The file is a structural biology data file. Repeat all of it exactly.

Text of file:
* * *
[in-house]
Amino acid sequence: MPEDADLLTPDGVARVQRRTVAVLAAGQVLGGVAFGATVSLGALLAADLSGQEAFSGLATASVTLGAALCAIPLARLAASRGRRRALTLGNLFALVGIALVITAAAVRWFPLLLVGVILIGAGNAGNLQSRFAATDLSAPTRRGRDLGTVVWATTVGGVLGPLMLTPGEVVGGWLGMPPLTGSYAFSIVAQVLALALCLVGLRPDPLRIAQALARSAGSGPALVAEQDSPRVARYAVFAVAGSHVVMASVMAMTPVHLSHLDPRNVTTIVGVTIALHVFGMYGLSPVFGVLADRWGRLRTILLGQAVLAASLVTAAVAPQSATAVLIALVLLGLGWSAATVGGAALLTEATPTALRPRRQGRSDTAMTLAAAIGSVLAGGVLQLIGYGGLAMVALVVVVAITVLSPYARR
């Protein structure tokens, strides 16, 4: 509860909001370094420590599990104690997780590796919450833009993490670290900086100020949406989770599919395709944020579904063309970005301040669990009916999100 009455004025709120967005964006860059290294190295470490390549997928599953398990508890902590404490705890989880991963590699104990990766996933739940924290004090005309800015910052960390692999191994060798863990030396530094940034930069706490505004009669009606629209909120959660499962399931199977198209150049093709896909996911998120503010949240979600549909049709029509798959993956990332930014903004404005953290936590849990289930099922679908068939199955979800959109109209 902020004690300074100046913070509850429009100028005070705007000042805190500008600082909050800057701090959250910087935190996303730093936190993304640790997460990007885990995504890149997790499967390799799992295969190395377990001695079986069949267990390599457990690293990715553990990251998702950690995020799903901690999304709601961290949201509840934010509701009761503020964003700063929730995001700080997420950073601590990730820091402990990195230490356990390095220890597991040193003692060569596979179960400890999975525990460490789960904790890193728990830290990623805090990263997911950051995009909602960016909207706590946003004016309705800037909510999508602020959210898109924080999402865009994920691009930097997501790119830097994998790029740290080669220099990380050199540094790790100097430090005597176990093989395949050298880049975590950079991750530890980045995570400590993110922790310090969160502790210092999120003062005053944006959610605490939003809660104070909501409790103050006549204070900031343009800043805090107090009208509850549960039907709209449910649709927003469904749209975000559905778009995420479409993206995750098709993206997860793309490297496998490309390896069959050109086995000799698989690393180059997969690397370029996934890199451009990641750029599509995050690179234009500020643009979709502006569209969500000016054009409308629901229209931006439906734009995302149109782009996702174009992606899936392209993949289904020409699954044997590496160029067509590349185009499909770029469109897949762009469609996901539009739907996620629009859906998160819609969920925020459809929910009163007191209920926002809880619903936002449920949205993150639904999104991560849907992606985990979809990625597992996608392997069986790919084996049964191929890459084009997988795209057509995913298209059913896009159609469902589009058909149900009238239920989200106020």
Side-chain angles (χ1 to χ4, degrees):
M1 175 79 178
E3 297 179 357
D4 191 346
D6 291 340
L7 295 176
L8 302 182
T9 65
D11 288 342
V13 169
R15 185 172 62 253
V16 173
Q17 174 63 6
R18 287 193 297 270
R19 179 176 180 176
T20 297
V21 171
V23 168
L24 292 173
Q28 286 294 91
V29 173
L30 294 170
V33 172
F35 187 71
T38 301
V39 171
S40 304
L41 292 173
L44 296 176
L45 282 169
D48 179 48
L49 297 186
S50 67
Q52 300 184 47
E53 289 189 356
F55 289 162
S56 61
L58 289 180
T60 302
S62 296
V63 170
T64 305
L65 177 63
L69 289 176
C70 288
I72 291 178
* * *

[in-house]
Amino acid sequence: MPEDADLLTPDGVARVQRRTVAVLAAGQVLGGVAFGATVSLGALLAADLSGQEAFSGLATASVTLGAALCAIPLARLAASRGRRRALTLGNLFALVGIALVITAAAVRWFPLLLVGVILIGAGNAGNLQSRFAATDLSAPTRRGRDLGTVVWATTVGGVLGPLMLTPGEVVGGWLGMPPLTGSYAFSIVAQVLALALCLVGLRPDPLRIAQALARSAGSGPALVAEQDSPRVARYAVFAVAGSHVVMASVMAMTPVHLSHLDPRNVTTIVGVTIALHVFGMYGLSPVFGVLADRWGRLRTILLGQAVLAASLVTAAVAPQSATAVLIALVLLGLGWSAATVGGAALLTEATPTALRPRRQGRSDTAMTLAAAIGSVLAGGVLQLIGYGGLAMVALVVVVAITVLSPYARR
């Protein structure tokens, strides 16, 4: 509860909001370094420590599990104690997780590796919450833009993490670290900086100020949406989770599919395709944020579904063309970005301040669990009916999100 009455004025709120967005964006860059290294190295470490390549997928599953398990508890902590404490705890989880991963590699104990990766996933739940924290004090005309800015910052960390692999191994060798863990030396530094940034930069706490505004009669009606629209909120959660499962399931199977198209150049093709896909996911998120503010949240979600549909049709029509798959993956990332930014903004404005953290936590849990289930099922679908068939199955979800959109109209 902020004690300074100046913070509850429009100028005070705007000042805190500008600082909050800057701090959250910087935190996303730093936190993304640790997460990007885990995504890149997790499967390799799992295969190395377990001695079986069949267990390599457990690293990715553990990251998702950690995020799903901690999304709601961290949201509840934010509701009761503020964003700063929730995001700080997420950073601590990730820091402990990195230490356990390095220890597991040193003692060569596979179960400890999975525990460490789960904790890193728990830290990623805090990263997911950051995009909602960016909207706590946003004016309705800037909510999508602020959210898109924080999402865009994920691009930097997501790119830097994998790029740290080669220099990380050199540094790790100097430090005597176990093989395949050298880049975590950079991750530890980045995570400590993110922790310090969160502790210092999120003062005053944006959610605490939003809660104070909501409790103050006549204070900031343009800043805090107090009208509850549960039907709209449910649709927003469904749209975000559905778009995420479409993206995750098709993206997860793309490297496998490309390896069959050109086995000799698989690393180059997969690397370029996934890199451009990641750029599509995050690179234009500020643009979709502006569209969500000016054009409308629901229209931006439906734009995302149109782009996702174009992606899936392209993949289904020409699954044997590496160029067509590349185009499909770029469109897949762009469609996901539009739907996620629009859906998160819609969920925020459809929910009163007191209920926002809880619903936002449920949205993150639904999104991560849907992606985990979809990625597992996608392997069986790919084996049964191929890459084009997988795209057509995913298209059913896009159609469902589009058909149900009238239920989200106020």
Side-chain angles (χ1 to χ4, degrees):
M1 175 79 178
E3 297 179 357
D4 191 346
D6 291 340
L7 295 176
L8 302 182
T9 65
D11 288 342
V13 169
R15 185 172 62 253
V16 173
Q17 174 63 6
R18 287 193 297 270
R19 179 176 180 176
T20 297
V21 171
V23 168
L24 292 173
Q28 286 294 91
V29 173
L30 294 170
V33 172
F35 187 71
T38 301
V39 171
S40 304
L41 292 173
L44 296 176
L45 282 169
D48 179 48
L49 297 186
S50 67
Q52 300 184 47
E53 289 189 356
F55 289 162
S56 61
L58 289 180
T60 302
S62 296
V63 170
T64 305
L65 177 63
L69 289 176
C70 288
I72 291 178